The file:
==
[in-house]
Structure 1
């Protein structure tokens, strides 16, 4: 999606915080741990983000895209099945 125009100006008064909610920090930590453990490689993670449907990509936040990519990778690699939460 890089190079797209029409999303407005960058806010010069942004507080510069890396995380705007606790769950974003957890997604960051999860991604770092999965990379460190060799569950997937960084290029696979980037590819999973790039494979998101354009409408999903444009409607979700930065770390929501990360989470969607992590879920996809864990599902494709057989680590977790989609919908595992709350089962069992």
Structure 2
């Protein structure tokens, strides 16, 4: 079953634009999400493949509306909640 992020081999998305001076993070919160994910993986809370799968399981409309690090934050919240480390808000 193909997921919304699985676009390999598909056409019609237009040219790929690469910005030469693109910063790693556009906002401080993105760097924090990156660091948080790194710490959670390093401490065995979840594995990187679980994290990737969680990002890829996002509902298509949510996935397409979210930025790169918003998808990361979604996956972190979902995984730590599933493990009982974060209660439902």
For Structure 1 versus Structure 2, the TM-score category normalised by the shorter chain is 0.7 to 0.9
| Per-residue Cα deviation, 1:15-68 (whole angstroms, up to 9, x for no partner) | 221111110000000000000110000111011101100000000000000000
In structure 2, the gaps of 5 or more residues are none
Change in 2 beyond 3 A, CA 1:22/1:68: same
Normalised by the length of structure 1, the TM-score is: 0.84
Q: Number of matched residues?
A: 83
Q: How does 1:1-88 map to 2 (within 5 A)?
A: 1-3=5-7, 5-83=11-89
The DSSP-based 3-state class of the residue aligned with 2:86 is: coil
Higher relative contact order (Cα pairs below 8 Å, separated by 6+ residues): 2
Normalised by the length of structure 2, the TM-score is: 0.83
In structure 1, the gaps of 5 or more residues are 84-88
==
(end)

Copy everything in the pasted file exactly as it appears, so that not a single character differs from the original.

[in-house]
Structure 1
């Protein structure tokens, strides 16, 4: 999606915080741990983000895209099945 125009100006008064909610920090930590453990490689993670449907990509936040990519990778690699939460 890089190079797209029409999303407005960058806010010069942004507080510069890396995380705007606790769950974003957890997604960051999860991604770092999965990379460190060799569950997937960084290029696979980037590819999973790039494979998101354009409408999903444009409607979700930065770390929501990360989470969607992590879920996809864990599902494709057989680590977790989609919908595992709350089962069992």
Structure 2
């Protein structure tokens, strides 16, 4: 079953634009999400493949509306909640 992020081999998305001076993070919160994910993986809370799968399981409309690090934050919240480390808000 193909997921919304699985676009390999598909056409019609237009040219790929690469910005030469693109910063790693556009906002401080993105760097924090990156660091948080790194710490959670390093401490065995979840594995990187679980994290990737969680990002890829996002509902298509949510996935397409979210930025790169918003998808990361979604996956972190979902995984730590599933493990009982974060209660439902």
For Structure 1 versus Structure 2, the TM-score category normalised by the shorter chain is 0.7 to 0.9
| Per-residue Cα deviation, 1:15-68 (whole angstroms, up to 9, x for no partner) | 221111110000000000000110000111011101100000000000000000
In structure 2, the gaps of 5 or more residues are none
Change in 2 beyond 3 A, CA 1:22/1:68: same
Normalised by the length of structure 1, the TM-score is: 0.84
Q: Number of matched residues?
A: 83
Q: How does 1:1-88 map to 2 (within 5 A)?
A: 1-3=5-7, 5-83=11-89
The DSSP-based 3-state class of the residue aligned with 2:86 is: coil
Higher relative contact order (Cα pairs below 8 Å, separated by 6+ residues): 2
Normalised by the length of structure 2, the TM-score is: 0.83
In structure 1, the gaps of 5 or more residues are 84-88